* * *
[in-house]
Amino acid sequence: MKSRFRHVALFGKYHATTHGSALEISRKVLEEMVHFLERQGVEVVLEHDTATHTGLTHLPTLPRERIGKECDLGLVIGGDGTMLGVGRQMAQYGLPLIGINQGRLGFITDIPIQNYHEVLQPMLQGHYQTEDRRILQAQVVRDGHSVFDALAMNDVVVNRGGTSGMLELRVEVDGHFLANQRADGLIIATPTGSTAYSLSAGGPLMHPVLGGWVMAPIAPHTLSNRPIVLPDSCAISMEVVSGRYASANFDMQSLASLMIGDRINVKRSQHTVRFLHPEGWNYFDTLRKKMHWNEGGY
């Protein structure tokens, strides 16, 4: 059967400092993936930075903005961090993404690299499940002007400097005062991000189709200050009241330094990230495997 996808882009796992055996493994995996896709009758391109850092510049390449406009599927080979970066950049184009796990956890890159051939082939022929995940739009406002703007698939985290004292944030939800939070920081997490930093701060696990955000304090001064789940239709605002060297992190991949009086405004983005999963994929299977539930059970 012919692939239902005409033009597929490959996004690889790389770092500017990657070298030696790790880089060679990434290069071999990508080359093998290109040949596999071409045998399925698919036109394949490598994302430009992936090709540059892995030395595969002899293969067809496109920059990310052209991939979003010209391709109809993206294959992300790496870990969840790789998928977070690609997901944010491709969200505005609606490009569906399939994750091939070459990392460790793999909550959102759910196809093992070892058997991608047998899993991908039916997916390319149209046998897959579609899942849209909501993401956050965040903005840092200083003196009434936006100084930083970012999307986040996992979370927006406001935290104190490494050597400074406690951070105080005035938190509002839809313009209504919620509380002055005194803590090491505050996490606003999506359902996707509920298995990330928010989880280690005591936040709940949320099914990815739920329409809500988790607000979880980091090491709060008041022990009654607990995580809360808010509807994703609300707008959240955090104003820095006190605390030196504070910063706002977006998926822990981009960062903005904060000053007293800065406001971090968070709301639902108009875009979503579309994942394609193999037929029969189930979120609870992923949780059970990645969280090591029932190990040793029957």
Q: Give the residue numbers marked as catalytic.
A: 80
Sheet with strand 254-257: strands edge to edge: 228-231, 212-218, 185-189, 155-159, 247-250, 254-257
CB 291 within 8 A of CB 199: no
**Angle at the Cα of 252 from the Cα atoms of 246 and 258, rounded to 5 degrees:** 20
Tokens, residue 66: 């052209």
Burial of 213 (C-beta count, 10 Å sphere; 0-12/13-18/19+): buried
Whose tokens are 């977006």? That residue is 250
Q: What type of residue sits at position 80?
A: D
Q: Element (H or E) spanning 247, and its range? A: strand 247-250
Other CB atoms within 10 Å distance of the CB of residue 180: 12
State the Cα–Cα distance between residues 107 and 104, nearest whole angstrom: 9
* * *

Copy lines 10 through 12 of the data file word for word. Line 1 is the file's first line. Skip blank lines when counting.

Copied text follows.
Burial of 213 (C-beta count, 10 Å sphere; 0-12/13-18/19+): buried
Whose tokens are 């977006």? That residue is 250
Q: What type of residue sits at position 80?